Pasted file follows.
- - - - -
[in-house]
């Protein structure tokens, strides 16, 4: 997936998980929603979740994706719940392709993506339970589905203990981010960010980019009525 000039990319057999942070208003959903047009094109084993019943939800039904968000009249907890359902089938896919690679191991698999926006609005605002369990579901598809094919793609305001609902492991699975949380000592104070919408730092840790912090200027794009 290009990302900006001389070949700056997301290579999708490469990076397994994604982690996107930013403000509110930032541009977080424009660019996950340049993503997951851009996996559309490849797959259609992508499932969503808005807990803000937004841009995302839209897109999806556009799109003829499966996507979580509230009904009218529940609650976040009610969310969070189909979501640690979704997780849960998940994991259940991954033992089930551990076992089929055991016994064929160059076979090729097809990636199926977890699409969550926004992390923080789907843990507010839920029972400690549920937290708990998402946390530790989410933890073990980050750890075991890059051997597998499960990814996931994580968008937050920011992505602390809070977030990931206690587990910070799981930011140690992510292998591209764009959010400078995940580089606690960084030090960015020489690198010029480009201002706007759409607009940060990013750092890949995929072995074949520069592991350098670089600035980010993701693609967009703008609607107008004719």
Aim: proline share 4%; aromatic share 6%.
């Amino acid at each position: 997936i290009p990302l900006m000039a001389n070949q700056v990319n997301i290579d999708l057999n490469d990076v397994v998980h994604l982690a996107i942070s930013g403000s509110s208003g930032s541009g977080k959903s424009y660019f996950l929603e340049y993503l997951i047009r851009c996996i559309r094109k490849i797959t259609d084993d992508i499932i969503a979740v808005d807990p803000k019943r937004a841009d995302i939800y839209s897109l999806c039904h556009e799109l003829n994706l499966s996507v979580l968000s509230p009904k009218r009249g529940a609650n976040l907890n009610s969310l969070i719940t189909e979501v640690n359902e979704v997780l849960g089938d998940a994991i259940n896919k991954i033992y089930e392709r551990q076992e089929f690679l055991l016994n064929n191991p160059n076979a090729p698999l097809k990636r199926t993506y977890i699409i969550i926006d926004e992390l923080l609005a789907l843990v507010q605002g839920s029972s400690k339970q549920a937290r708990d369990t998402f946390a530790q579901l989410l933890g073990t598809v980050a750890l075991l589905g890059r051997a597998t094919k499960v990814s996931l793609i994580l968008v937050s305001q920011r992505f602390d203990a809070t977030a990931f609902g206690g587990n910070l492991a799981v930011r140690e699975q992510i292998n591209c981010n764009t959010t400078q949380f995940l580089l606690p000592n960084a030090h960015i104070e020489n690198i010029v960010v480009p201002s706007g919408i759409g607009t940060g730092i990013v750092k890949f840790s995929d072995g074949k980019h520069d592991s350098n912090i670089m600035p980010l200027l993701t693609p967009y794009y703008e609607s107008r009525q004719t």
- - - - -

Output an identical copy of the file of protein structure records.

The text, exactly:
[in-house]
């Protein structure tokens, strides 16, 4: 997936998980929603979740994706719940392709993506339970589905203990981010960010980019009525 000039990319057999942070208003959903047009094109084993019943939800039904968000009249907890359902089938896919690679191991698999926006609005605002369990579901598809094919793609305001609902492991699975949380000592104070919408730092840790912090200027794009 290009990302900006001389070949700056997301290579999708490469990076397994994604982690996107930013403000509110930032541009977080424009660019996950340049993503997951851009996996559309490849797959259609992508499932969503808005807990803000937004841009995302839209897109999806556009799109003829499966996507979580509230009904009218529940609650976040009610969310969070189909979501640690979704997780849960998940994991259940991954033992089930551990076992089929055991016994064929160059076979090729097809990636199926977890699409969550926004992390923080789907843990507010839920029972400690549920937290708990998402946390530790989410933890073990980050750890075991890059051997597998499960990814996931994580968008937050920011992505602390809070977030990931206690587990910070799981930011140690992510292998591209764009959010400078995940580089606690960084030090960015020489690198010029480009201002706007759409607009940060990013750092890949995929072995074949520069592991350098670089600035980010993701693609967009703008609607107008004719």
Aim: proline share 4%; aromatic share 6%.
């Amino acid at each position: 997936i290009p990302l900006m000039a001389n070949q700056v990319n997301i290579d999708l057999n490469d990076v397994v998980h994604l982690a996107i942070s930013g403000s509110s208003g930032s541009g977080k959903s424009y660019f996950l929603e340049y993503l997951i047009r851009c996996i559309r094109k490849i797959t259609d084993d992508i499932i969503a979740v808005d807990p803000k019943r937004a841009d995302i939800y839209s897109l999806c039904h556009e799109l003829n994706l499966s996507v979580l968000s509230p009904k009218r009249g529940a609650n976040l907890n009610s969310l969070i719940t189909e979501v640690n359902e979704v997780l849960g089938d998940a994991i259940n896919k991954i033992y089930e392709r551990q076992e089929f690679l055991l016994n064929n191991p160059n076979a090729p698999l097809k990636r199926t993506y977890i699409i969550i926006d926004e992390l923080l609005a789907l843990v507010q605002g839920s029972s400690k339970q549920a937290r708990d369990t998402f946390a530790q579901l989410l933890g073990t598809v980050a750890l075991l589905g890059r051997a597998t094919k499960v990814s996931l793609i994580l968008v937050s305001q920011r992505f602390d203990a809070t977030a990931f609902g206690g587990n910070l492991a799981v930011r140690e699975q992510i292998n591209c981010n764009t959010t400078q949380f995940l580089l606690p000592n960084a030090h960015i104070e020489n690198i010029v960010v480009p201002s706007g919408i759409g607009t940060g730092i990013v750092k890949f840790s995929d072995g074949k980019h520069d592991s350098n912090i670089m600035p980010l200027l993701t693609p967009y794009y703008e609607s107008r009525q004719t």